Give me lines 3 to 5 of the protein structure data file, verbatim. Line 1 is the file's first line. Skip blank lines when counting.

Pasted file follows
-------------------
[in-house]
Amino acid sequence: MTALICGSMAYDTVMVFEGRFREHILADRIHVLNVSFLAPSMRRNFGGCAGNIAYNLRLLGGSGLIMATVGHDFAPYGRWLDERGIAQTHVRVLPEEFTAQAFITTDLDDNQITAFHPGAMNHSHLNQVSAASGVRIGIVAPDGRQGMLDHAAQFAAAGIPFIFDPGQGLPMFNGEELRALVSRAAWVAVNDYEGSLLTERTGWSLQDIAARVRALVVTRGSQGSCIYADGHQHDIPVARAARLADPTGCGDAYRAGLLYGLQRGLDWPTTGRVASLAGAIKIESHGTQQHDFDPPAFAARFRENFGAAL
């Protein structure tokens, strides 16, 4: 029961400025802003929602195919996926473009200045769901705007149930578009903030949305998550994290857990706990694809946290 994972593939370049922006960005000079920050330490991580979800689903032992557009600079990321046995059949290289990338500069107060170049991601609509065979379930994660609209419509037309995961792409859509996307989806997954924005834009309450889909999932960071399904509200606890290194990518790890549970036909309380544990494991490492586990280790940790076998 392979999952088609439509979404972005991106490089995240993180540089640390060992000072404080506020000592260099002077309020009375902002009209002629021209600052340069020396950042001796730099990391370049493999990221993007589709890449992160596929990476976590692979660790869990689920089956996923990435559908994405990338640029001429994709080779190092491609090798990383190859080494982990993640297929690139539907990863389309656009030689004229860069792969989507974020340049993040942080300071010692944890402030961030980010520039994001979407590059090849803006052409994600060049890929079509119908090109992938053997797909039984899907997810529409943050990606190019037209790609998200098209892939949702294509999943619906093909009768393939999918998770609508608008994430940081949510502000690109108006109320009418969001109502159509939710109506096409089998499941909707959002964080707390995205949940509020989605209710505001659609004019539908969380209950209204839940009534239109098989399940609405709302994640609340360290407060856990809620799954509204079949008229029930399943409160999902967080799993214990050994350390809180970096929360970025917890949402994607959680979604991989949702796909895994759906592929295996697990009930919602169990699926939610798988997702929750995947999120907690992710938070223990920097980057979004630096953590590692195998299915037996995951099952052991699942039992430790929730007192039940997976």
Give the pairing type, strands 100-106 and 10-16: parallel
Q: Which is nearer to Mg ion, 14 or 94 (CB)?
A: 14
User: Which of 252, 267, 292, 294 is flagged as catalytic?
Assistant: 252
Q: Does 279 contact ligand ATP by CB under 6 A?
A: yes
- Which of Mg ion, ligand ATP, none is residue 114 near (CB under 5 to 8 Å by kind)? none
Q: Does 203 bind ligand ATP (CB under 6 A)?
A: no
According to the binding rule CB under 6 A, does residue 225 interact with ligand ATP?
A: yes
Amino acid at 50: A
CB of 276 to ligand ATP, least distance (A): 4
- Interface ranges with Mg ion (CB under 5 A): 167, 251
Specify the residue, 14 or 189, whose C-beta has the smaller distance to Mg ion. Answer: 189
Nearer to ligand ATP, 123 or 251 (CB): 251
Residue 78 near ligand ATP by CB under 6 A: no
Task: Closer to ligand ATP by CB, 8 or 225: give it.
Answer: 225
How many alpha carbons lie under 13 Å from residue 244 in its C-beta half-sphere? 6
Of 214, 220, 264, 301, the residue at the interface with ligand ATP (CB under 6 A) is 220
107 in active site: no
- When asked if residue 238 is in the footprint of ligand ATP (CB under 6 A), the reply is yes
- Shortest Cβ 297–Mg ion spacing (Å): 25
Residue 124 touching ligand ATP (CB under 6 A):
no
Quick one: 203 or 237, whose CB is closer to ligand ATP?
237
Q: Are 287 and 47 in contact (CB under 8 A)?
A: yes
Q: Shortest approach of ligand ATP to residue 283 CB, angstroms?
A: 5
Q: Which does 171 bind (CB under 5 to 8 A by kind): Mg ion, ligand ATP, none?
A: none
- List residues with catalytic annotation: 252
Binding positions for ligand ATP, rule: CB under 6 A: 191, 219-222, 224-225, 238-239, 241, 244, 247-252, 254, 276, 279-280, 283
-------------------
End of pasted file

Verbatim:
């Protein structure tokens, strides 16, 4: 029961400025802003929602195919996926473009200045769901705007149930578009903030949305998550994290857990706990694809946290 994972593939370049922006960005000079920050330490991580979800689903032992557009600079990321046995059949290289990338500069107060170049991601609509065979379930994660609209419509037309995961792409859509996307989806997954924005834009309450889909999932960071399904509200606890290194990518790890549970036909309380544990494991490492586990280790940790076998 392979999952088609439509979404972005991106490089995240993180540089640390060992000072404080506020000592260099002077309020009375902002009209002629021209600052340069020396950042001796730099990391370049493999990221993007589709890449992160596929990476976590692979660790869990689920089956996923990435559908994405990338640029001429994709080779190092491609090798990383190859080494982990993640297929690139539907990863389309656009030689004229860069792969989507974020340049993040942080300071010692944890402030961030980010520039994001979407590059090849803006052409994600060049890929079509119908090109992938053997797909039984899907997810529409943050990606190019037209790609998200098209892939949702294509999943619906093909009768393939999918998770609508608008994430940081949510502000690109108006109320009418969001109502159509939710109506096409089998499941909707959002964080707390995205949940509020989605209710505001659609004019539908969380209950209204839940009534239109098989399940609405709302994640609340360290407060856990809620799954509204079949008229029930399943409160999902967080799993214990050994350390809180970096929360970025917890949402994607959680979604991989949702796909895994759906592929295996697990009930919602169990699926939610798988997702929750995947999120907690992710938070223990920097980057979004630096953590590692195998299915037996995951099952052991699942039992430790929730007192039940997976």
Give the pairing type, strands 100-106 and 10-16: parallel
Q: Which is nearer to Mg ion, 14 or 94 (CB)?